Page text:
There’s a recent interview that’s making its rounds. In it actor and atheist Stephen Fry responded to the question “What if you’re wrong? What if you get up to the pearly gates, and you’re wrong? What will you do?” Mr. Fry goes on at some length…but he doesn’t actually answer the question. I’ll examine his main critique in this post, then I’ll address an underlying problem with his statements in my next post.
His main complaint is that God has created an evil world. His example is bone cancer in children (he also mentions some very unpleasant insects). This argument is called the experiential problem of evil, and when it comes up with my students I often call it the tummy-ache argument against God’s existence. Here’s one way we might express it:
If God is all-good and all-powerful, he would not allow X.
X is allowed.
Therefore God does not exist. (either that or he isn’t all-good, all-powerful)
Here’s why I think it fails. Let’s make X = bone cancer in children. If God was all-good/powerful, he wouldn’t allow bone cancer in children. Okay. Let’s say hypothetically that God eradicates all traces of bone cancer in children. It doesn’t exist. It never existed. It never will exist. What then would Fry say? His argument would remain, because X is something along the lines of “the worst thing in the world.” No bone cancer in children? Okay, what about the nasty insects that he mentions. Those are still bad. Okay, so God eradicates them. But X remains. No matter what God eliminates, there is always something unpleasant that will take it’s place. If God eliminated everything we would consider evil, then things we consider insignificant annoyances would rise to the level of evil. Since there would be no murder/rape/cancer/etc in the world, a stubbed toe could legitimately be one of the worst things in the world. And so could a tummy-ache. It’s the same with Epicurus’ argument. Evil is a fluid term. No matter what God eliminates, there’s always something to call evil unless he eradicates every unpleasant thing ever. God would have to be our servant, making us perpetually happy. Thus, this argument is basically, “If God really existed, I would never have so much as a tummy-ache. No one would. Since I had one yesterday we can know that he doesn’t exist. And if he does, he’s a horrible deity (not all-good, all-powerful) for letting my tummy hurt.”
Sure, what Fry says doesn’t sound that absurd. What he says sounds reasonable…at first. But they are the same argument. And, as they say in the south, that dog won’t hunt. That argument doesn’t work. But in spite of the volumes of works on the topic that clearly display the failures of the problem of evil (both the logical* and experiential variants), Fry is confident that it (and he) is right. He’s so confident that he can’t for a minute consider what it would be like to be wrong. And it is to that attitude that we will turn in our next post.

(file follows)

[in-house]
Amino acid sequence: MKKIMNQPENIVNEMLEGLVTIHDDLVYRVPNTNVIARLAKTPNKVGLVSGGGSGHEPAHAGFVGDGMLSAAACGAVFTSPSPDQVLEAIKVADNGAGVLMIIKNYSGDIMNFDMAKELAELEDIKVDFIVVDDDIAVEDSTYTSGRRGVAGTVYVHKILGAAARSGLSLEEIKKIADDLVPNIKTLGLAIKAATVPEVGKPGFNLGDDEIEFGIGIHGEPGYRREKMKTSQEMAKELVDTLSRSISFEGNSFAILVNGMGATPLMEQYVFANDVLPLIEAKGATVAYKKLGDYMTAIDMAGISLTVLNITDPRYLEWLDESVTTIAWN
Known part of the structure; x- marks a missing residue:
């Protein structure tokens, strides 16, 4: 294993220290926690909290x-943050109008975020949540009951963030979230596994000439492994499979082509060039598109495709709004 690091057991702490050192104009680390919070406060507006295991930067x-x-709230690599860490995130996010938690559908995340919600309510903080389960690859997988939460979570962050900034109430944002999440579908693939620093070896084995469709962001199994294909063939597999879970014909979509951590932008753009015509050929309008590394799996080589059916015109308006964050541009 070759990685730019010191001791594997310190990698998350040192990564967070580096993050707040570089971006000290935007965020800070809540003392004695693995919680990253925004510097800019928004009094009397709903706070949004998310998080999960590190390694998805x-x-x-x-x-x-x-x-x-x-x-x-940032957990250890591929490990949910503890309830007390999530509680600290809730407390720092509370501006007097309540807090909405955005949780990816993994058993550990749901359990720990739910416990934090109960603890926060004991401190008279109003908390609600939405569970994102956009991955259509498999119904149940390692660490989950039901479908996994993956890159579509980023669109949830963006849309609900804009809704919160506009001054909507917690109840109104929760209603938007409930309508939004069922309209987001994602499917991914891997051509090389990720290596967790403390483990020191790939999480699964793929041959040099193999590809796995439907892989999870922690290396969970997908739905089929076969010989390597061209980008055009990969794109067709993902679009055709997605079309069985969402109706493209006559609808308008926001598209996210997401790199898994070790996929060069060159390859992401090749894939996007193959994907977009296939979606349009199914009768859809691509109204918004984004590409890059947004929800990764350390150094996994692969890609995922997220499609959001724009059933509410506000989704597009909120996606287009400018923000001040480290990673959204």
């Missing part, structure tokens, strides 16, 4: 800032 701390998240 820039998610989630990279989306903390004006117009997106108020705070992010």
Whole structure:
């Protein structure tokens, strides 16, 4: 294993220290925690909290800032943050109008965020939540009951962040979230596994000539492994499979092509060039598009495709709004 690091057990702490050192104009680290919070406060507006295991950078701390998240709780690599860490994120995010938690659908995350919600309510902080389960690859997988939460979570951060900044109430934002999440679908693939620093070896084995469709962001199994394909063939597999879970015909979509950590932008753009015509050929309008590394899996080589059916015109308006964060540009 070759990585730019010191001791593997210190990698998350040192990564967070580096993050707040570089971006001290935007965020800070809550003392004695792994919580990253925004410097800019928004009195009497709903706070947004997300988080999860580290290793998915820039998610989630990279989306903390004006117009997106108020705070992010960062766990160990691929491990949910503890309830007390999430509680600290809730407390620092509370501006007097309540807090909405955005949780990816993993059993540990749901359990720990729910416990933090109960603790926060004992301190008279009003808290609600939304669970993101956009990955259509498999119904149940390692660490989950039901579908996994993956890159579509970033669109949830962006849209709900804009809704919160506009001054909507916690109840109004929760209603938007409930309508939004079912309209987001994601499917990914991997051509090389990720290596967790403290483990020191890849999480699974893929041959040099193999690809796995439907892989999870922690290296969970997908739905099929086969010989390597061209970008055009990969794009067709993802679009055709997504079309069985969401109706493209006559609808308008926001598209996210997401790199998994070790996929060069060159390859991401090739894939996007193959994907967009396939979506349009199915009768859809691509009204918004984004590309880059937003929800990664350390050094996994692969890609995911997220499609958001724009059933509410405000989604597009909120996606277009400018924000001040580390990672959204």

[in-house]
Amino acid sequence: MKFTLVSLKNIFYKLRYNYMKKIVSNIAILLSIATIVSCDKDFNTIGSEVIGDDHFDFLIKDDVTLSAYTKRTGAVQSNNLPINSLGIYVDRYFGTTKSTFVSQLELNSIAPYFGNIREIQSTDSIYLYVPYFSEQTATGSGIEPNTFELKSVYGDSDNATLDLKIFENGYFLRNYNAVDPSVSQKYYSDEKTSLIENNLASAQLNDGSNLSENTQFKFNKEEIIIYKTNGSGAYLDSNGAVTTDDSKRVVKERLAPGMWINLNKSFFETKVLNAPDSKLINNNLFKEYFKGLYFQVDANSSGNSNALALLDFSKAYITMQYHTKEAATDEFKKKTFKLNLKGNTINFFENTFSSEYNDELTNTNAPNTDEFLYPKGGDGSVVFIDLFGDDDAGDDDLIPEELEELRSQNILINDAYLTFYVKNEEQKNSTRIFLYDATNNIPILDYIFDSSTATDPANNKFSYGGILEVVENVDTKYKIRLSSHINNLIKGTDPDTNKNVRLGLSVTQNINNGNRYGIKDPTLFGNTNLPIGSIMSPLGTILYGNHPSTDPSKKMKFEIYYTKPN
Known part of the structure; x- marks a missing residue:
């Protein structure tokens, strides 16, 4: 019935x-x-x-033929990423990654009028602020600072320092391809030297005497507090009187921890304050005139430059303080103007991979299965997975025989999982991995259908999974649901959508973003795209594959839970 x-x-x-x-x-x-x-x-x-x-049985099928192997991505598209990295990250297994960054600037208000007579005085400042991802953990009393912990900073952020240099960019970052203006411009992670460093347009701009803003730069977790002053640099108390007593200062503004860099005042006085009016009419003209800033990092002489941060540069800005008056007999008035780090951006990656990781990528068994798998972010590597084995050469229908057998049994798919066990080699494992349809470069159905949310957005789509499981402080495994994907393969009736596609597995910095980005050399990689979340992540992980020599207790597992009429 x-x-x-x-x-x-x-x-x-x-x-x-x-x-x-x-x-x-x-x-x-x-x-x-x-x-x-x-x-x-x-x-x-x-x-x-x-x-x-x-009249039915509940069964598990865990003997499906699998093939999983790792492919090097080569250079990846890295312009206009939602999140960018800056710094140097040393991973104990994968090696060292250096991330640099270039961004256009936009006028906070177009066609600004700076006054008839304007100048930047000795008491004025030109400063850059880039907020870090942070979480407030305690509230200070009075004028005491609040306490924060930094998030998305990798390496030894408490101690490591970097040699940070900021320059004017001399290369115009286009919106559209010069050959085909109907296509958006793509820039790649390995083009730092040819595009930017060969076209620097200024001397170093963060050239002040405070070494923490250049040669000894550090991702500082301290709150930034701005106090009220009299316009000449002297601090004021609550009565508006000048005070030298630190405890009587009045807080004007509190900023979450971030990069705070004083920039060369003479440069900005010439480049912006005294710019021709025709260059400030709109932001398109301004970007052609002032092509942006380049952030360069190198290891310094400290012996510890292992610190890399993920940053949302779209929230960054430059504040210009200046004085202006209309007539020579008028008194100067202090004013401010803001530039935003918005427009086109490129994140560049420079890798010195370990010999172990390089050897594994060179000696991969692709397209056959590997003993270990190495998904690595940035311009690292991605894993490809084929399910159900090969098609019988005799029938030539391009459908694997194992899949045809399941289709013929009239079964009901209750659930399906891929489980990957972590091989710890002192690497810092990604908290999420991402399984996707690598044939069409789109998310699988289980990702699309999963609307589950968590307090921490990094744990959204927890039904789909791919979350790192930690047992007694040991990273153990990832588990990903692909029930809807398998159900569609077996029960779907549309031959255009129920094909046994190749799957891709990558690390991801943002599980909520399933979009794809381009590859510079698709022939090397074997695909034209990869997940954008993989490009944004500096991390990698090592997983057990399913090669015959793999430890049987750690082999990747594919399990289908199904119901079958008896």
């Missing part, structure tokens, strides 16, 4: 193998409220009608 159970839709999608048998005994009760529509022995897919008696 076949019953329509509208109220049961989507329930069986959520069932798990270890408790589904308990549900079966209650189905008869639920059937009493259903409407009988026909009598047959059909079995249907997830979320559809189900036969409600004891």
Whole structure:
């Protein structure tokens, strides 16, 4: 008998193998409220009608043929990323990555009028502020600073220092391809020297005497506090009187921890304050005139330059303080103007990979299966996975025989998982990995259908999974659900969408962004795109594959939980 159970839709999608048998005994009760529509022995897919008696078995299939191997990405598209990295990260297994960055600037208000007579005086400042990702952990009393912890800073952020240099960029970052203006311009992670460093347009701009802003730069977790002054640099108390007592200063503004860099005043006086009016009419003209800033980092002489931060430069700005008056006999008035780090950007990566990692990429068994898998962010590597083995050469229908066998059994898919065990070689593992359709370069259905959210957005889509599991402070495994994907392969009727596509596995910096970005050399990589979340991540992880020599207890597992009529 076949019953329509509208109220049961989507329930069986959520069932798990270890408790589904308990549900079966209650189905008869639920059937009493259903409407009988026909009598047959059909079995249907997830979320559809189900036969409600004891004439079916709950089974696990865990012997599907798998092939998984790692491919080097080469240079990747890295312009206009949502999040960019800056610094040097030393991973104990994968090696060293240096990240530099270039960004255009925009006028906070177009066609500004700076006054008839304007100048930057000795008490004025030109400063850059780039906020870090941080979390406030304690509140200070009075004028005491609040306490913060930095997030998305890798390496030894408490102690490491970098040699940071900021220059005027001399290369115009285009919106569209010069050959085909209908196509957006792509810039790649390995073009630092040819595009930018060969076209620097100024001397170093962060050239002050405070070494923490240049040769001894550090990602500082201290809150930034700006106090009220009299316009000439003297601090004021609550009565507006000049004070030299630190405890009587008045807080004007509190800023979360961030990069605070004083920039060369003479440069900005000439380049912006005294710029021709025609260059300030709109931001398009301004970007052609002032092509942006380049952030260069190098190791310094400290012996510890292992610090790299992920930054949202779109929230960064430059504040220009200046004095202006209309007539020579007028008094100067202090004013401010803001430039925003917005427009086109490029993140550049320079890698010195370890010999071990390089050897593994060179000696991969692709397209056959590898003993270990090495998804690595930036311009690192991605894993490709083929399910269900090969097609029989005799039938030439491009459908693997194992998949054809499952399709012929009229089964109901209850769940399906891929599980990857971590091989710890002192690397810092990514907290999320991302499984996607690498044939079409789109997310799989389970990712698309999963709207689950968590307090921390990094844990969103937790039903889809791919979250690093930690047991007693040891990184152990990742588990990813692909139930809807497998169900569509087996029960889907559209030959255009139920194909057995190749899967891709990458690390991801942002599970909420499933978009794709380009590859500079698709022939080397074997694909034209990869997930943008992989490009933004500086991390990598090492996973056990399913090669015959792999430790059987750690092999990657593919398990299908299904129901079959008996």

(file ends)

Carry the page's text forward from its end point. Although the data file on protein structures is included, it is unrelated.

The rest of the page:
What I find most perplexing about the problem of evil, in all it’s forms, is that evil is an argument for God existence. Words like evil, good, bad, etc have no real meaning without some objective grounding. Think about it for a second. On what basis can I say that you are obligated to share my definition of good? If good is just my preference, why should my preference matter to anyone else? And yet one of the most common objections to God’s existence is that the world is full of evil. Well…if He exists it is full of evil. If he doesn’t, if Fry is right…it’s full of stuff. And that stuff is morally neutral. Mass murder and humanitarian work are on the same footing. But somehow this distinction is lost on many. Consider the following meme put out by Richard Dawkins:
One wonders on what grounds Dawkins is allowed to force his morality on others? What objective standard allows him to 1) determine what is wrong, and 2) insist that others conform to his perception of morality? As an atheist, I’m sure he thinks it’s immoral to raise children in a religious household. But why should his opinion matter to anyone else? But if morality is grounded in the character of God, then it is objective. His character doesn’t change. So morality is consistent. Right and wrong are meaningful terms. The fact that we see evil in the world reminds us that God exists. It reminds us that we are created in his image and that evil is not his intention for the world. It reminds us that we all need a redeemer. It reminds us that we all make mistakes.
How wonderful is our God, that he uses even our mistakes to testify to his existence?
*For probably the best treatment of the Logical Problem of Evil, read God, Freedom, and Evil by Alvin Plantinga. It’s not the easiest read, but it’s spot on. Here’s a taste from pages 10-11: “The fact that the theist doesn’t know why God permits evil is, perhaps, an interesting fact about the theist, but by itself it shows little or nothing relevant to the rationality of belief in God…To make out his case, therefore, the atheologian [Plantinga’s term for atheist-theologian] cannot rest content with asking embarrassing questions to which the theist does not know the answer. He must do more–he might try, for example, to show that it is impossible or anyhow unlikely that God should have a reason for permitting evil.”